#35. Use the 3 times 10 technique. This comes from Dr. Douglass Fields. a neurologist. He researches memory and learning. His research showed that our brains remember things better when we practice them 3 times with a 10 minute resting period in between each time.
#36. Invent daily tests. Create targeted workouts. Tiger Woods test himself by saying he must hit an 8 iron within a certain range 80% of the time. Its is motivational juice for you to push yourself. Make it fun.
#37. To choose the best practice method, choose the REPS process.
1. Reaching and repeating. Does the activity have you reaching and stretching some.
4. Strong speedy feedback.
#38. Stop before you are exhausted.
#39. Practice immediately after a performance. Even though tip #38 is opposite of this, sometimes practicing right after a performance it allows you to remember what you were doing wrong and get it right. Tiger Woods will sometimes go immediately to the driving range right after he finished a round of golf.
#40. Just before sleep watch a mental movie. Watching a movie geared toward something you would like to accomplish right before bed, allows your brain to think about that performance while you are sleeping. This wires the brain to start thinking about what it will take to have the same performance.
#41. End on a positive note. Don’t quit on a bad shot. Instead quit on a great shot. This keeps you excited about coming back.
#42. Six ways to be a better teacher or coach.
1. Use the first few seconds to connect on an emotional level. It creates trust.
2. Avoid giving long speeches. Give small doses of value that help performance. Coaches stand beside the person. Give targeted information. People will catch on quicker.
3. Be allergic to mushy language. Don’t use unprecise language. Give concrete directions like, do this, don’t do that. All teaching should consist of telling a person precisely what to do.
4. Make a scorecard for learning. Pick a metric of a skill that you want to learn and then measure it.
5. Maximize reachfulness. Reachfulness is the essence of learning. This happens when the learner is reaching and stretching.
Sustaining progress. Embrace repetition, cultivate grit and keep big goals secret.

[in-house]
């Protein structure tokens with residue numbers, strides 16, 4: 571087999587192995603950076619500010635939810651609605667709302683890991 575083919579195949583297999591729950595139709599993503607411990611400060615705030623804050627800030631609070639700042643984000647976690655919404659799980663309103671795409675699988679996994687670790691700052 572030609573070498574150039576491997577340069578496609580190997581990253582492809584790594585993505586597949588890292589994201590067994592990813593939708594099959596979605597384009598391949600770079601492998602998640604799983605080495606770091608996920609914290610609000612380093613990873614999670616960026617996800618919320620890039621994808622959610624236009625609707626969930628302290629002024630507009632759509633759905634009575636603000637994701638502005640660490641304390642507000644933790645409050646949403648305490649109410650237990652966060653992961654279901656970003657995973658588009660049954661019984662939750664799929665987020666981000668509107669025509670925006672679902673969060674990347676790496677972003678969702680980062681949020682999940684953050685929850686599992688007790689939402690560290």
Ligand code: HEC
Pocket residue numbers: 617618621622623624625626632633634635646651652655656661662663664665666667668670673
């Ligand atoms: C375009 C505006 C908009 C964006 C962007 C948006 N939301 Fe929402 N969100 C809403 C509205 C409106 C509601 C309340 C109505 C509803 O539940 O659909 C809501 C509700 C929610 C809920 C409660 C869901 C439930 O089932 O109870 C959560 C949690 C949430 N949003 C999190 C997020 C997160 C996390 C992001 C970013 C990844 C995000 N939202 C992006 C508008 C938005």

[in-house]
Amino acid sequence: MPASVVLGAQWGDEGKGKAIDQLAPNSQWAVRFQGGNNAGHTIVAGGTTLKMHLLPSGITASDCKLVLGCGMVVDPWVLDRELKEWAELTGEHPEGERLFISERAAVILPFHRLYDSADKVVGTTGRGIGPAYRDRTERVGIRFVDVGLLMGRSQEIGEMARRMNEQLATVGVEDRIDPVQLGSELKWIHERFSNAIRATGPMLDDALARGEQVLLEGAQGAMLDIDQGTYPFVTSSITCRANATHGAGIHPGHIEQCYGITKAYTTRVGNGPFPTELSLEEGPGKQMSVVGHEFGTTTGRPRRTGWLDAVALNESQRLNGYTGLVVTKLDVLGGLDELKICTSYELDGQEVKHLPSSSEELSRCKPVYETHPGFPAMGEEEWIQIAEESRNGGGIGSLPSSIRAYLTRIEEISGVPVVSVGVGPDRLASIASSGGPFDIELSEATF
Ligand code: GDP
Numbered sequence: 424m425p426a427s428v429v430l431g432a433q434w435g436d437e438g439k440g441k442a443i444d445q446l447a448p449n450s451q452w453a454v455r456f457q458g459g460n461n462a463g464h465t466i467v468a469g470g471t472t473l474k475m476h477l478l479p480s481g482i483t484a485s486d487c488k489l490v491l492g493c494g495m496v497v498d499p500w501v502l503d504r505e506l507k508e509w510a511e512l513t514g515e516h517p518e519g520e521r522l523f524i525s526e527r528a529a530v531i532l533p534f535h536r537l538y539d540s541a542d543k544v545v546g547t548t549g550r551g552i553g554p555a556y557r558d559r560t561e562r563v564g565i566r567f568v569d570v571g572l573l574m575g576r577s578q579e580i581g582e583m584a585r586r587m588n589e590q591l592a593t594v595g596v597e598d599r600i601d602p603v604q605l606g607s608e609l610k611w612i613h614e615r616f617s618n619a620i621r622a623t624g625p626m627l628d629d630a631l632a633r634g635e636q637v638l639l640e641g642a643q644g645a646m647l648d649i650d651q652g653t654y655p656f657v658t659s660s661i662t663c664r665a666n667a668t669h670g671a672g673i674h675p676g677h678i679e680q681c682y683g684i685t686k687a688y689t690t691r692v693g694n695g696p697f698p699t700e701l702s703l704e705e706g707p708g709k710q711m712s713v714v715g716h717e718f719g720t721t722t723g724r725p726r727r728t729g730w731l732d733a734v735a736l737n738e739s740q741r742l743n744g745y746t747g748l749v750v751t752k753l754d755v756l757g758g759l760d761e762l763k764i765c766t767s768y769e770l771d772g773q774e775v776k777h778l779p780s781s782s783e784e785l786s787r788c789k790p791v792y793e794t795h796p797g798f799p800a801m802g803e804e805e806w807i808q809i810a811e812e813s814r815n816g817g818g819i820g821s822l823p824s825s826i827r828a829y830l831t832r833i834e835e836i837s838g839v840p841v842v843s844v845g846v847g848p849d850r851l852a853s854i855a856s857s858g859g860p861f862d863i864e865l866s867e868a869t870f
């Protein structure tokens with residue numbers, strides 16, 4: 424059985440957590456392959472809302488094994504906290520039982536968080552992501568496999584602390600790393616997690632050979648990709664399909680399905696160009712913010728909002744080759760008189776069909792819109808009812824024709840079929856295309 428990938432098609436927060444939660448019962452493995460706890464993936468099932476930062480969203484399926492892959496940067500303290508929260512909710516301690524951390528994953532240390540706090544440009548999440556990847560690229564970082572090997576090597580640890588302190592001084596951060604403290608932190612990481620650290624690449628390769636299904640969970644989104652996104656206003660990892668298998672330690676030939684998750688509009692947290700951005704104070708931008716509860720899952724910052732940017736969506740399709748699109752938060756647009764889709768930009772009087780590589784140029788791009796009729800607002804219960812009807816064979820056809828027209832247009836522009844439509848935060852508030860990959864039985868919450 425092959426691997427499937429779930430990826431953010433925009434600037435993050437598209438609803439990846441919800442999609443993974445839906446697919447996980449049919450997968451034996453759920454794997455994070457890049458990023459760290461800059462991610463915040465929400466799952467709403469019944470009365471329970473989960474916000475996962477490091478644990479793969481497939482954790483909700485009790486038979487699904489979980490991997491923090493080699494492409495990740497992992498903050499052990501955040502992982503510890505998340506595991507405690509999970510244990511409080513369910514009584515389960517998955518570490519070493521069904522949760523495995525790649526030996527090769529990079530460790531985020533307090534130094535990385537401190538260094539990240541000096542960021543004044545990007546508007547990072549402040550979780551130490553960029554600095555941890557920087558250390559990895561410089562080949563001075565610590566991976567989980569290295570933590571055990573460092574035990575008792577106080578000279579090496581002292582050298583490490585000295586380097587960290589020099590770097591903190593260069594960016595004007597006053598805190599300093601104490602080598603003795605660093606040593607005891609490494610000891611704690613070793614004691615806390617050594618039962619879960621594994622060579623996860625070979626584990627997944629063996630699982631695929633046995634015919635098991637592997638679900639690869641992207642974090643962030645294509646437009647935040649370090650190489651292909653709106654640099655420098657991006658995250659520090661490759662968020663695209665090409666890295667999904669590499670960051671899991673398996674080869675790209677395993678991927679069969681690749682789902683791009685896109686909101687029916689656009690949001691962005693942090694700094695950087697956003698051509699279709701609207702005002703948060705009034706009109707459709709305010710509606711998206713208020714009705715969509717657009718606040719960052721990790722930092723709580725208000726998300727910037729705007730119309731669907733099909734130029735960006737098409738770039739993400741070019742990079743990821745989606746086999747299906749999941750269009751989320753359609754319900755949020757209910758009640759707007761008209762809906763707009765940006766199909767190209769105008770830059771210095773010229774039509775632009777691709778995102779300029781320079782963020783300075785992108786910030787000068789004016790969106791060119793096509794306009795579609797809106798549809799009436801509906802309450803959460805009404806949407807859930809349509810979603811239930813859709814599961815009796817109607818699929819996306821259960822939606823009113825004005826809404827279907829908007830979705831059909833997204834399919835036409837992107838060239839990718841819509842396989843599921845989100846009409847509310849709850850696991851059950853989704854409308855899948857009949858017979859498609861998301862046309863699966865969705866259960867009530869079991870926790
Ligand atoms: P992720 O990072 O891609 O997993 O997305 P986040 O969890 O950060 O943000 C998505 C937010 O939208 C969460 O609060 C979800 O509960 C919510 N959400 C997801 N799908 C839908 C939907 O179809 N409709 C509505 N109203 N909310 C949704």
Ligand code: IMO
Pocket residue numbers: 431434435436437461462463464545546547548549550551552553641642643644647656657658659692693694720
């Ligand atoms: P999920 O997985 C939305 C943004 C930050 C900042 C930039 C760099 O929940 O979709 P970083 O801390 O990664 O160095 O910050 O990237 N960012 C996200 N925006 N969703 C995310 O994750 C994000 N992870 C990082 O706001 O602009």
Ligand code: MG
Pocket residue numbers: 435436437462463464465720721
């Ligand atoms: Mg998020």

#43. Embrace Repetition Repetition has a bad reputation. People think about it being boring and not fun. However, it is the quickest way to rewire your brain for success. In 2011, when the Navy Seals raided Osama Bin Laden’s compound, they practiced for three weeks in Nevada. They had a full size replica built of the compound and practiced dozen and dozens of times before the actual raid. The repetition is what made them successful. Change your mindset, instead of looking at it as a chore, look at it as the most useful way to your growth.
#44. Have a blue-collar mindset. The top people in all fields get up and go to work everyday. They don’t live the charmed life as some people might think. They put in the work to get the results they have earned.
#45. For every one hour of competition you must practice for at least five hours. You can use this ratio in every thing in life.
#46. Don’t waste time trying to break bad habits, instead try to build new ones. Habits are tough to break. You brain is really good at developing habits, but really bad at breaking them. Develop new habits.
#47. To learn it more deeply teach it. The best way to understand something yourself is to teach it. This is huge because it holds you accountable to using what you teach and you become better skilled at using it as well.
#48. Give a new skill a minimum of 8 weeks. Lasting brain changes takes about eight weeks to develop. Give your brain the time it needs to grow.
#49. When you get stuck, make a shift. Everyone starts out really great making a lot of gains, then you hit a plateau. Plateaus means you can now do the exercise without thinking about it, your brain has made it automatic. Once this happens, you need to make a shift and start practicing faster, or mix up your practice sessions to get you out of the comfort zone you have created.
#50. Cultivate your grit. Grit is a mix of passions and self-discipline that keeps us moving forward. Grit makes the difference in the long run.
#51. Keep your big goals secret. In 2009, at New York University. A group of 163 subjects were given a goal of working on a difficult work project and they had 45 minutes to accomplish the project. Half the subjects were told to announce their goals, while the other half were told not to. The subjects who announced their goals quit after an average of 33 minutes and reported feeling satisfied with their work. Those who kept their mouths shut worked the entire 45 minutes and remained strongly motivated. Matter of fact this group wanted to keep working even after the time was up. Telling others about your goals creates unconscious payoff, tricking our brain to thinking we have already accomplished the goal.
#52. Think like a gardener and work like a carpenter. Talent grows slowly. Think patiently without judgement and work consistently knowing that each piece connects to the larger whole.
I hope you enjoyed this book summary and I encourage you to share it with someone else. There is only one way to success in anything and that is through handwork and dedication.
To your success and your future.